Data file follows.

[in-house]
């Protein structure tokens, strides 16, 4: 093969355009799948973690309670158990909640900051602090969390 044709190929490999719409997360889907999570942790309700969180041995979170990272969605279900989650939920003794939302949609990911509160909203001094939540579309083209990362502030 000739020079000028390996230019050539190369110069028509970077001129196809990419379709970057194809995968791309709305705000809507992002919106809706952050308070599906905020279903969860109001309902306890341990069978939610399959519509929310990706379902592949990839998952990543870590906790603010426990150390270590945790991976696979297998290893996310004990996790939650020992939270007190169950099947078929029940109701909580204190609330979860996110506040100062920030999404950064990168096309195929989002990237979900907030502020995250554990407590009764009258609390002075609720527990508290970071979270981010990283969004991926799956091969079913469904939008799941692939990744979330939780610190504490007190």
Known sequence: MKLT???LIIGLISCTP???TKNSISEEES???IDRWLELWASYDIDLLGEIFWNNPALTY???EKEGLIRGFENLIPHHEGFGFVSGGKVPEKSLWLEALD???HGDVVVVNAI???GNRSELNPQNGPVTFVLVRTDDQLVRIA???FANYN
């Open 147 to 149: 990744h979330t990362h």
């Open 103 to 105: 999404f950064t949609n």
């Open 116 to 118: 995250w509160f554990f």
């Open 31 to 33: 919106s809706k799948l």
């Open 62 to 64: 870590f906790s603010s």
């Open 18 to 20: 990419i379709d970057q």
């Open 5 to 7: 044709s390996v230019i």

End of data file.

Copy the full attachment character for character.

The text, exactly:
[in-house]
């Protein structure tokens, strides 16, 4: 093969355009799948973690309670158990909640900051602090969390 044709190929490999719409997360889907999570942790309700969180041995979170990272969605279900989650939920003794939302949609990911509160909203001094939540579309083209990362502030 000739020079000028390996230019050539190369110069028509970077001129196809990419379709970057194809995968791309709305705000809507992002919106809706952050308070599906905020279903969860109001309902306890341990069978939610399959519509929310990706379902592949990839998952990543870590906790603010426990150390270590945790991976696979297998290893996310004990996790939650020992939270007190169950099947078929029940109701909580204190609330979860996110506040100062920030999404950064990168096309195929989002990237979900907030502020995250554990407590009764009258609390002075609720527990508290970071979270981010990283969004991926799956091969079913469904939008799941692939990744979330939780610190504490007190």
Known sequence: MKLT???LIIGLISCTP???TKNSISEEES???IDRWLELWASYDIDLLGEIFWNNPALTY???EKEGLIRGFENLIPHHEGFGFVSGGKVPEKSLWLEALD???HGDVVVVNAI???GNRSELNPQNGPVTFVLVRTDDQLVRIA???FANYN
């Open 147 to 149: 990744h979330t990362h």
């Open 103 to 105: 999404f950064t949609n």
């Open 116 to 118: 995250w509160f554990f």
């Open 31 to 33: 919106s809706k799948l």
């Open 62 to 64: 870590f906790s603010s």
């Open 18 to 20: 990419i379709d970057q």
């Open 5 to 7: 044709s390996v230019i």